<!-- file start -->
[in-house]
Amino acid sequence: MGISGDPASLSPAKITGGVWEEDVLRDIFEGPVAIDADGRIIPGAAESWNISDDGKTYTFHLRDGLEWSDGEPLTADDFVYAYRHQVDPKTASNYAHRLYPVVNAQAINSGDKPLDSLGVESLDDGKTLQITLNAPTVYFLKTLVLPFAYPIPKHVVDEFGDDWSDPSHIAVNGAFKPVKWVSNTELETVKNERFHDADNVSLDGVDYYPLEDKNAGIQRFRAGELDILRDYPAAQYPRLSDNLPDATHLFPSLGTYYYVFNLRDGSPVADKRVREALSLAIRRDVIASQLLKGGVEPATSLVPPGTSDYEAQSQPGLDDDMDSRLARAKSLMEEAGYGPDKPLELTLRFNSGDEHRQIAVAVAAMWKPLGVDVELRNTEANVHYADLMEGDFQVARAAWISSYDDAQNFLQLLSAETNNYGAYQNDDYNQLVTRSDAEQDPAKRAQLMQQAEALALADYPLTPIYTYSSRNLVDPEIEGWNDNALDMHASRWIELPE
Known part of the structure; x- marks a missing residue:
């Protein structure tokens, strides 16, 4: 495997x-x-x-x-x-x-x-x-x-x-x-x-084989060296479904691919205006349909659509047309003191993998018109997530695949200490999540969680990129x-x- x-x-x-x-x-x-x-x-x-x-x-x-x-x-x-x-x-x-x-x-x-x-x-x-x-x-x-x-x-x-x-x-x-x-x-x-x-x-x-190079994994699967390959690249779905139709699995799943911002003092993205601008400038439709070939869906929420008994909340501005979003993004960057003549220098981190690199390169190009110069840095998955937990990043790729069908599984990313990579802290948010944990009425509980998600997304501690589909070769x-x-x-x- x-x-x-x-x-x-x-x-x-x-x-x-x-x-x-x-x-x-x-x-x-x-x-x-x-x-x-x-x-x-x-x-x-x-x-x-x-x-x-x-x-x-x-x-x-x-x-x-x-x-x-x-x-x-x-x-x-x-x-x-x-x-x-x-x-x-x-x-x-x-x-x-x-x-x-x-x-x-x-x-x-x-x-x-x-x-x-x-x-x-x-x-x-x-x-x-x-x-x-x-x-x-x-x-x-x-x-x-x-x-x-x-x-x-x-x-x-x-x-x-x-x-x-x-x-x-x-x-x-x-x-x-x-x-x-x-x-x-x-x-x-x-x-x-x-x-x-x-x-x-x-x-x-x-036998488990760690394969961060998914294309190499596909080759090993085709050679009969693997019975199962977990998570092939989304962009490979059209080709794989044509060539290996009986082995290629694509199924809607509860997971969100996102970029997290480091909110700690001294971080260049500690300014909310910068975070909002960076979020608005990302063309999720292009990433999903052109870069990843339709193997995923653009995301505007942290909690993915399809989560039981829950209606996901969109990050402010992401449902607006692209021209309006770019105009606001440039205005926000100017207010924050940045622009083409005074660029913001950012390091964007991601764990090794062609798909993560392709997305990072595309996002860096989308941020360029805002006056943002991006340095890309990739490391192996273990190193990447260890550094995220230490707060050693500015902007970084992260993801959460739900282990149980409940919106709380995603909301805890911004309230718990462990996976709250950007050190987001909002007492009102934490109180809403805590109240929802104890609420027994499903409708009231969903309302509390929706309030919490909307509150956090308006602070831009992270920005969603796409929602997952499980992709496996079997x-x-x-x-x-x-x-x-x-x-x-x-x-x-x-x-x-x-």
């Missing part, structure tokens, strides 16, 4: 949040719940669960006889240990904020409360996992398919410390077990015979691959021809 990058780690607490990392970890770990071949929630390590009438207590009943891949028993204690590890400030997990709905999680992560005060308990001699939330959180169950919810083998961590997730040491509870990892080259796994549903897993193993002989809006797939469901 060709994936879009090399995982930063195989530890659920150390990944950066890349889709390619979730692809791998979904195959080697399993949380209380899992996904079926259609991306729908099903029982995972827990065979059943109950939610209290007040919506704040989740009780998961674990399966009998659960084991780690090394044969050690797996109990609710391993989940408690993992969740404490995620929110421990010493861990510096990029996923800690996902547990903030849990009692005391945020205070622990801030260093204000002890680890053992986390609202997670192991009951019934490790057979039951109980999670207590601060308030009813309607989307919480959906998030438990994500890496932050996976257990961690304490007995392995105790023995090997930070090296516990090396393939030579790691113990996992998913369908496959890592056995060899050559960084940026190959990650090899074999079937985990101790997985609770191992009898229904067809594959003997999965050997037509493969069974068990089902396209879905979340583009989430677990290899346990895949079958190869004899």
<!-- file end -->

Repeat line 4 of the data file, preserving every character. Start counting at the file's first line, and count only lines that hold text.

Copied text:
């Protein structure tokens, strides 16, 4: 495997x-x-x-x-x-x-x-x-x-x-x-x-084989060296479904691919205006349909659509047309003191993998018109997530695949200490999540969680990129x-x- x-x-x-x-x-x-x-x-x-x-x-x-x-x-x-x-x-x-x-x-x-x-x-x-x-x-x-x-x-x-x-x-x-x-x-x-x-x-x-190079994994699967390959690249779905139709699995799943911002003092993205601008400038439709070939869906929420008994909340501005979003993004960057003549220098981190690199390169190009110069840095998955937990990043790729069908599984990313990579802290948010944990009425509980998600997304501690589909070769x-x-x-x- x-x-x-x-x-x-x-x-x-x-x-x-x-x-x-x-x-x-x-x-x-x-x-x-x-x-x-x-x-x-x-x-x-x-x-x-x-x-x-x-x-x-x-x-x-x-x-x-x-x-x-x-x-x-x-x-x-x-x-x-x-x-x-x-x-x-x-x-x-x-x-x-x-x-x-x-x-x-x-x-x-x-x-x-x-x-x-x-x-x-x-x-x-x-x-x-x-x-x-x-x-x-x-x-x-x-x-x-x-x-x-x-x-x-x-x-x-x-x-x-x-x-x-x-x-x-x-x-x-x-x-x-x-x-x-x-x-x-x-x-x-x-x-x-x-x-x-x-x-x-x-x-x-x-036998488990760690394969961060998914294309190499596909080759090993085709050679009969693997019975199962977990998570092939989304962009490979059209080709794989044509060539290996009986082995290629694509199924809607509860997971969100996102970029997290480091909110700690001294971080260049500690300014909310910068975070909002960076979020608005990302063309999720292009990433999903052109870069990843339709193997995923653009995301505007942290909690993915399809989560039981829950209606996901969109990050402010992401449902607006692209021209309006770019105009606001440039205005926000100017207010924050940045622009083409005074660029913001950012390091964007991601764990090794062609798909993560392709997305990072595309996002860096989308941020360029805002006056943002991006340095890309990739490391192996273990190193990447260890550094995220230490707060050693500015902007970084992260993801959460739900282990149980409940919106709380995603909301805890911004309230718990462990996976709250950007050190987001909002007492009102934490109180809403805590109240929802104890609420027994499903409708009231969903309302509390929706309030919490909307509150956090308006602070831009992270920005969603796409929602997952499980992709496996079997x-x-x-x-x-x-x-x-x-x-x-x-x-x-x-x-x-x-």